A parliamentary committee has seized a trove of internal Facebook documents relating to the company’s data and privacy policies and practices. The documents were obtained via a U.S. businessman, Ted Kramer, who had sued Facebook in state court in California. Kramer had access to the documents because his company had obtained them through discovery in the litigation, but a protective order prohibited the parties from sharing them with the outside world.
So how did the documents end up with a House of Commons committee investigating Facebook in the U.K.? Somehow the chair of the committee learned Kramer was in London on business, and he thereupon dispatched the Commons Serjeant at Arms to Kramer’s hotel. The Serjeant at Arms (no word on whether he was carrying his sword) served Kramer with an order demanding the documents, and the committee followed up with an email threatening the businessman with contempt of Parliament if he did not comply. After a meeting with the committee chair in which he was allegedly told he could be subject to fines and imprisonment for contempt, Kramer (who unwisely attended this meeting without his lawyers) used his laptop to access and download the documents to a USB drive and then handed it to the committee.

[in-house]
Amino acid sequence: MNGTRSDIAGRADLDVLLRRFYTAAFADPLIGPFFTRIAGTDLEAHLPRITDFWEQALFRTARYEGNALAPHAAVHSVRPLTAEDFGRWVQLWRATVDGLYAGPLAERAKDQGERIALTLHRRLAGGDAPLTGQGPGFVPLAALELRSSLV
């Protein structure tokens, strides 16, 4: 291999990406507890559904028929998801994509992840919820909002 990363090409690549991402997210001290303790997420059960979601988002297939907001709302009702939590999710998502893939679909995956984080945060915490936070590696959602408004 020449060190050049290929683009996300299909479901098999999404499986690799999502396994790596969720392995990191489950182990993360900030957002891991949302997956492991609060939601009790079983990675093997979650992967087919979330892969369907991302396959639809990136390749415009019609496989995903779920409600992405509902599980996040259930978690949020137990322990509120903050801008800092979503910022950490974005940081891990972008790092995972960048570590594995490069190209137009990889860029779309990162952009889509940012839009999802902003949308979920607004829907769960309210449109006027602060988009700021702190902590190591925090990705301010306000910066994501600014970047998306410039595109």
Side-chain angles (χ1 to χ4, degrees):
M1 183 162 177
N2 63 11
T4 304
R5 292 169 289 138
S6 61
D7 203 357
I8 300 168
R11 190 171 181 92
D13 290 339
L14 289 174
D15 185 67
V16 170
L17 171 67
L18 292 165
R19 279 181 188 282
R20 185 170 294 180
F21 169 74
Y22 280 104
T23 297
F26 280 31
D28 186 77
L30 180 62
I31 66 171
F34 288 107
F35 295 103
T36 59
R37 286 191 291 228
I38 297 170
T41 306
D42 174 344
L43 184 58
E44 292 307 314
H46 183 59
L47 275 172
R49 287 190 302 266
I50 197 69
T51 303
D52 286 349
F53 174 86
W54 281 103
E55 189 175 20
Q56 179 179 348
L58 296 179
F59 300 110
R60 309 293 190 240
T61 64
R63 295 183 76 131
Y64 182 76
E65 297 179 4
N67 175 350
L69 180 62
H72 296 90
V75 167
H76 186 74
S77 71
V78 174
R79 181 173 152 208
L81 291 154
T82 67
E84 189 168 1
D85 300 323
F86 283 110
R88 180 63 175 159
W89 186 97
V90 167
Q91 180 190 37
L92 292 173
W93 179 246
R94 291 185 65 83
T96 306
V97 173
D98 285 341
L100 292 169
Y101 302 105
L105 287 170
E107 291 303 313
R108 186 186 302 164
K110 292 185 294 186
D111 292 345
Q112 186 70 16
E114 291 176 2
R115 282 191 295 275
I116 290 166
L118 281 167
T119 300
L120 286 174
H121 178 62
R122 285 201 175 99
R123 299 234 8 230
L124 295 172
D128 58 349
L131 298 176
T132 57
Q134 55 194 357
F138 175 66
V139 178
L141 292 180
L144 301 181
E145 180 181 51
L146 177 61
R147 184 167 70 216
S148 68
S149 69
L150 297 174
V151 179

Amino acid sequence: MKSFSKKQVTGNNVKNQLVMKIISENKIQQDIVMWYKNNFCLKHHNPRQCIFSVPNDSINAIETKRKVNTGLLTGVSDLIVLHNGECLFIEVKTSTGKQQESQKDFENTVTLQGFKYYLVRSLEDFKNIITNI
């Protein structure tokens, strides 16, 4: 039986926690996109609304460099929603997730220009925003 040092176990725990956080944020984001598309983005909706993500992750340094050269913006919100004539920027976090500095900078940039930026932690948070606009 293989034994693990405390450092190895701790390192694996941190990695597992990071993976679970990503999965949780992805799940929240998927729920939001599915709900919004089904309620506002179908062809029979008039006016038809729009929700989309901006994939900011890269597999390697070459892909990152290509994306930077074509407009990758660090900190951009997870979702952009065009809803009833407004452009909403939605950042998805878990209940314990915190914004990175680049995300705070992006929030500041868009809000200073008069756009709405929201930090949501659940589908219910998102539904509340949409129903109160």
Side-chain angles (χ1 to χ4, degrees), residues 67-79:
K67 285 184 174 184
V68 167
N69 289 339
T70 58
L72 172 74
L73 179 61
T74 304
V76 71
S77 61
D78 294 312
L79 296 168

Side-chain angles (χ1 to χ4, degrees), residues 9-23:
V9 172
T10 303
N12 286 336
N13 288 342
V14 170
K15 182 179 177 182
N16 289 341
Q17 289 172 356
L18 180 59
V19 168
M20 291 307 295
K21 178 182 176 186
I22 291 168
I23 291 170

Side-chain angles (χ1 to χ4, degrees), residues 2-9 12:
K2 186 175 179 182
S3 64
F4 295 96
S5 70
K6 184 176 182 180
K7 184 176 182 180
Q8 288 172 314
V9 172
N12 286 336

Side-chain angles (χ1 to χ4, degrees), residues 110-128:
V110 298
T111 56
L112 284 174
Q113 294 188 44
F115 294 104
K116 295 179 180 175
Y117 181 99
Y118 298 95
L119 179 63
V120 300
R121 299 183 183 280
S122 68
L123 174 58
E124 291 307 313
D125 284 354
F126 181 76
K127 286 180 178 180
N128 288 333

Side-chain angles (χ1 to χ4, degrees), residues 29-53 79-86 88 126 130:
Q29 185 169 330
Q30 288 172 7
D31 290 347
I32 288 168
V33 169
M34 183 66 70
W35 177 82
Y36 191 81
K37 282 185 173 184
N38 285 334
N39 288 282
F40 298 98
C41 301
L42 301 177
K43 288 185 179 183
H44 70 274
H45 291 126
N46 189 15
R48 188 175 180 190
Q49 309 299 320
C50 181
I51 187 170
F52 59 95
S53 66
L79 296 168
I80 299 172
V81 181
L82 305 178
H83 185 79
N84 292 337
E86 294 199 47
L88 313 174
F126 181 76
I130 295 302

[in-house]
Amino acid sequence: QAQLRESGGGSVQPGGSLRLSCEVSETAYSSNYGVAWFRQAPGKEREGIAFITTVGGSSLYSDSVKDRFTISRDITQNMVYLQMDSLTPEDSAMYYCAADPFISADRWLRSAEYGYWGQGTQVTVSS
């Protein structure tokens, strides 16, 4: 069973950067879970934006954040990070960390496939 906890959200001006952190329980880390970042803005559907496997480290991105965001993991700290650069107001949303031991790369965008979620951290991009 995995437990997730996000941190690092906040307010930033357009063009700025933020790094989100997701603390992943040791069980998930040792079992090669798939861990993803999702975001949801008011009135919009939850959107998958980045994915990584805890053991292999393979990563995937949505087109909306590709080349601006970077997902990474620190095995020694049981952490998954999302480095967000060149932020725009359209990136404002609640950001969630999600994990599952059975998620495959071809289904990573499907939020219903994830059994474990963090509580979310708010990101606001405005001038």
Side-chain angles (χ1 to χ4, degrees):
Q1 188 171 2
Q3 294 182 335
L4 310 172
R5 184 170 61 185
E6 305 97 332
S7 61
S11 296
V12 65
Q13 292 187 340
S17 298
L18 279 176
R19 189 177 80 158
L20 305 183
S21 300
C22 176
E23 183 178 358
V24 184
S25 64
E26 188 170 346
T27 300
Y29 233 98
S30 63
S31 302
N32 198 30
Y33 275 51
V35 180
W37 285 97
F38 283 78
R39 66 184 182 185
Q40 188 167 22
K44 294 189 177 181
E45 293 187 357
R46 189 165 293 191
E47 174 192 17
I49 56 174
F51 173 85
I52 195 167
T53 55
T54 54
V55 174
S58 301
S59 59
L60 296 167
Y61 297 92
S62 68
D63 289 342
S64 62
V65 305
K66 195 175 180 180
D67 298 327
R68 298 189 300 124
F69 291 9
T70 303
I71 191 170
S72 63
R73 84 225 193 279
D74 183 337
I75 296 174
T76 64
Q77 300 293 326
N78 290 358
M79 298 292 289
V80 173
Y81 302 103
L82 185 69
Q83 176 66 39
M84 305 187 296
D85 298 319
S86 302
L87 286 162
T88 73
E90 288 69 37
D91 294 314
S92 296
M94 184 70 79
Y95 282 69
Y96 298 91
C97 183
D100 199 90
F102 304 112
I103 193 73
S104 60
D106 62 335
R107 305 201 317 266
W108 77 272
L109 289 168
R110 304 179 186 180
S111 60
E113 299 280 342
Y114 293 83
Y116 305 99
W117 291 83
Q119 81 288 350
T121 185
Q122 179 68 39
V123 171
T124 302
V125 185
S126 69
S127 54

Facebook argues that the document disclosure violated the California court’s protective order, and it is seeking discovery regarding this disclosure (presumably hoping to establish collusion between Kramer and the committee). It has also demanded that the committee return its documents. The committee, however, notes that it is not subject to the court’s jurisdiction and is in any event protected by parliamentary privilege. The committee has already used the documents in the course of an extraordinary hearing held in London on November 27, 2018 in which lawmakers from nine different countries, calling themselves the “International Grand Committee on Disinformation,” interrogated a Facebook representative about the company’s policies and practices.
This series of events raises some interesting questions, which we will briefly consider below. Continue reading “Facebook’s Encounter with Parliament’s Inherent Powers”